The technology could reduce carbon emissions significantly.
A stretch of a prominent Germany highway just got a high-tech upgrade: overhead power lines — like the ones you only see over rail tracks — that can power hybrid trucks.
The German government announced yesterday that a 6.2 mile (10 km) stretch of the autobahn got the upgrade, a test that could pave the way for a new carbon neutral strategy to transport goods.
The system, first developed by German conglomerate Siemens in 2012, allows hybrid big rigs to charge their batteries while traveling at speeds of up to 56 mph (90 km/h). Built-in sensors can notify the truck when to switch back to a combustion engine if there are no overhead cables available.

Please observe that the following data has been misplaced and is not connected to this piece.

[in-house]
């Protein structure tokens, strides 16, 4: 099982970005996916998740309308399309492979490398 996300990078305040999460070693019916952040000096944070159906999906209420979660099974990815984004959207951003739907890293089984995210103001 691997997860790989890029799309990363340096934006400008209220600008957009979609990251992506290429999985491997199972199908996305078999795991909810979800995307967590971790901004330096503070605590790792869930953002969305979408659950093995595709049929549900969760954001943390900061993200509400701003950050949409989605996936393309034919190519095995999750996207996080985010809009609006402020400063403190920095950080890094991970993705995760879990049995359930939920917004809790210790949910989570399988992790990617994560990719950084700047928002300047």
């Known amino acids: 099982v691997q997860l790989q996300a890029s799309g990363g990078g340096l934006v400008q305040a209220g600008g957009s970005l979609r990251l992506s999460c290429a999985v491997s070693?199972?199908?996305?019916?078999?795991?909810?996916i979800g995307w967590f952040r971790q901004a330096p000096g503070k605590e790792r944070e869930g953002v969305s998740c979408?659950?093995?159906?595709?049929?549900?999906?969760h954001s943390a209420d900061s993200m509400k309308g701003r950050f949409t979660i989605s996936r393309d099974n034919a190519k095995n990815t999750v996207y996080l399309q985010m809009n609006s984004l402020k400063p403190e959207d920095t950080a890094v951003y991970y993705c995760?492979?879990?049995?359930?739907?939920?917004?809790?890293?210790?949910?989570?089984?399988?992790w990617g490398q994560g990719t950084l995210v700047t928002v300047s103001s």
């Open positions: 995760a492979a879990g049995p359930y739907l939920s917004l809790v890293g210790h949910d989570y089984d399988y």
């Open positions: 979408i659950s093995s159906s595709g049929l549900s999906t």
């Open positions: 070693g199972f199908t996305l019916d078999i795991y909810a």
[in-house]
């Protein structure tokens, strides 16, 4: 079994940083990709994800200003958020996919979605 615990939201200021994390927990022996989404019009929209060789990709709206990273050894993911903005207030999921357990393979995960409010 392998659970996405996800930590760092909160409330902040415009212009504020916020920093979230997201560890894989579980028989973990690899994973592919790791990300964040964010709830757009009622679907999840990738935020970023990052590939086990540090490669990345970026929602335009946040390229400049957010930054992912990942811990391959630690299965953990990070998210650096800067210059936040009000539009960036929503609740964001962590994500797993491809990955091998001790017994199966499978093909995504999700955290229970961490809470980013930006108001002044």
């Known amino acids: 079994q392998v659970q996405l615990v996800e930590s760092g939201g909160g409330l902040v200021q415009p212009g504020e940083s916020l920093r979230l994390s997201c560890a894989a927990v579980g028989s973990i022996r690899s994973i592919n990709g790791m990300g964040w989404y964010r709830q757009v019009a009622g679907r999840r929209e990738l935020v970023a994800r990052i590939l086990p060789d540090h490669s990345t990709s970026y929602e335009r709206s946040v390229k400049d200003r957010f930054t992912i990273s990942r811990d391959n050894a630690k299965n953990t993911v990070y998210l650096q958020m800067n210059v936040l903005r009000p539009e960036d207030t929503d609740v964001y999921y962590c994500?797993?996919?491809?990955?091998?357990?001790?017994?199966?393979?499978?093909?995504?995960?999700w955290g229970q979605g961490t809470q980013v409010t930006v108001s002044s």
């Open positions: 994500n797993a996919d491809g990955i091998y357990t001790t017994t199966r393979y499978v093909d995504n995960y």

Similar stretches of electric highways have been built in Sweden and the United States. Other solutions for charging electric vehicles while they drive include rails built into the asphalt.
Siemens is promising that the overhead lines can bring carbon emission reductions to other places where railways don't make sense or aren't possible to build.
Electrifying truck transportation could also save a ton of fuel: 20,000 euros worth for every truck traveling 62,000 miles (100,000 km), according to Siemens' website.
READ MORE: Germany is opening its first electric highway for trucks [CNN]
More on electric roads: EV-Charging Roads Have Arrived. Here’s Why We Do (and Don’t) Need Them.